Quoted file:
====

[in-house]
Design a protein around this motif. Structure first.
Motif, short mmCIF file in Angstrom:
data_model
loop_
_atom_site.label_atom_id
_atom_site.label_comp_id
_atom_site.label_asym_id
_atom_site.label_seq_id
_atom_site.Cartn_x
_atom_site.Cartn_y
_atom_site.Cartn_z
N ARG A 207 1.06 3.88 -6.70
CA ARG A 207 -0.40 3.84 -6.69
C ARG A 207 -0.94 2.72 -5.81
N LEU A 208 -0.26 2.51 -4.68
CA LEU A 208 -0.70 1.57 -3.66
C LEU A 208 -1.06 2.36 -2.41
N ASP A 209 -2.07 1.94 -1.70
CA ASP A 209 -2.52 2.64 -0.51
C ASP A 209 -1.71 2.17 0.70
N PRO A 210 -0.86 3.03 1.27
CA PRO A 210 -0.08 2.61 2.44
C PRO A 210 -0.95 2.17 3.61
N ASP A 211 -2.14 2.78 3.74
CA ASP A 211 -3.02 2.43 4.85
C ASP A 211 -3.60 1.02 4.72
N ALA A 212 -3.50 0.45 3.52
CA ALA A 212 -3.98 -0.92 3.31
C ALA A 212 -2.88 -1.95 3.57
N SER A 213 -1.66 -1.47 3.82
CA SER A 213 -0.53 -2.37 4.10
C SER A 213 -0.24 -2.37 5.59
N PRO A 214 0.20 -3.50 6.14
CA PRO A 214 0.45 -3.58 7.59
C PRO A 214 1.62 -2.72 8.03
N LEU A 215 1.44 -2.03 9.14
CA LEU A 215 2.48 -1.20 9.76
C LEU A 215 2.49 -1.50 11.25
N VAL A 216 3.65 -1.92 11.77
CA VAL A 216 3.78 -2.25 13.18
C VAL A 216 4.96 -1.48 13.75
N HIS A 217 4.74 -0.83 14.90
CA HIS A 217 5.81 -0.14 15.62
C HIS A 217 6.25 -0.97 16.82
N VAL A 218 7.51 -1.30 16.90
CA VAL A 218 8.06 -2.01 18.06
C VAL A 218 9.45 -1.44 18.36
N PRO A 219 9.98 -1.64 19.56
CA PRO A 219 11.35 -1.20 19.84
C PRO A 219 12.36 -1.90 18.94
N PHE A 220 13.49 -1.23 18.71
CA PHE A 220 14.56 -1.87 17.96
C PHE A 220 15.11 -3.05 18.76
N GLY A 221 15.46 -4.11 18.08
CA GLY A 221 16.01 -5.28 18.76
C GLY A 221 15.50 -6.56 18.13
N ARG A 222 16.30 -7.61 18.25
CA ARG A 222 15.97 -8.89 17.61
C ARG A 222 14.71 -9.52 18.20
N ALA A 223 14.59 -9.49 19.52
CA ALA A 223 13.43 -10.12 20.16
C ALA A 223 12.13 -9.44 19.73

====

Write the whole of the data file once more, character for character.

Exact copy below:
[in-house]
Design a protein around this motif. Structure first.
Motif, short mmCIF file in Angstrom:
data_model
loop_
_atom_site.label_atom_id
_atom_site.label_comp_id
_atom_site.label_asym_id
_atom_site.label_seq_id
_atom_site.Cartn_x
_atom_site.Cartn_y
_atom_site.Cartn_z
N ARG A 207 1.06 3.88 -6.70
CA ARG A 207 -0.40 3.84 -6.69
C ARG A 207 -0.94 2.72 -5.81
N LEU A 208 -0.26 2.51 -4.68
CA LEU A 208 -0.70 1.57 -3.66
C LEU A 208 -1.06 2.36 -2.41
N ASP A 209 -2.07 1.94 -1.70
CA ASP A 209 -2.52 2.64 -0.51
C ASP A 209 -1.71 2.17 0.70
N PRO A 210 -0.86 3.03 1.27
CA PRO A 210 -0.08 2.61 2.44
C PRO A 210 -0.95 2.17 3.61
N ASP A 211 -2.14 2.78 3.74
CA ASP A 211 -3.02 2.43 4.85
C ASP A 211 -3.60 1.02 4.72
N ALA A 212 -3.50 0.45 3.52
CA ALA A 212 -3.98 -0.92 3.31
C ALA A 212 -2.88 -1.95 3.57
N SER A 213 -1.66 -1.47 3.82
CA SER A 213 -0.53 -2.37 4.10
C SER A 213 -0.24 -2.37 5.59
N PRO A 214 0.20 -3.50 6.14
CA PRO A 214 0.45 -3.58 7.59
C PRO A 214 1.62 -2.72 8.03
N LEU A 215 1.44 -2.03 9.14
CA LEU A 215 2.48 -1.20 9.76
C LEU A 215 2.49 -1.50 11.25
N VAL A 216 3.65 -1.92 11.77
CA VAL A 216 3.78 -2.25 13.18
C VAL A 216 4.96 -1.48 13.75
N HIS A 217 4.74 -0.83 14.90
CA HIS A 217 5.81 -0.14 15.62
C HIS A 217 6.25 -0.97 16.82
N VAL A 218 7.51 -1.30 16.90
CA VAL A 218 8.06 -2.01 18.06
C VAL A 218 9.45 -1.44 18.36
N PRO A 219 9.98 -1.64 19.56
CA PRO A 219 11.35 -1.20 19.84
C PRO A 219 12.36 -1.90 18.94
N PHE A 220 13.49 -1.23 18.71
CA PHE A 220 14.56 -1.87 17.96
C PHE A 220 15.11 -3.05 18.76
N GLY A 221 15.46 -4.11 18.08
CA GLY A 221 16.01 -5.28 18.76
C GLY A 221 15.50 -6.56 18.13
N ARG A 222 16.30 -7.61 18.25
CA ARG A 222 15.97 -8.89 17.61
C ARG A 222 14.71 -9.52 18.20
N ALA A 223 14.59 -9.49 19.52
CA ALA A 223 13.43 -10.12 20.16
C ALA A 223 12.13 -9.44 19.73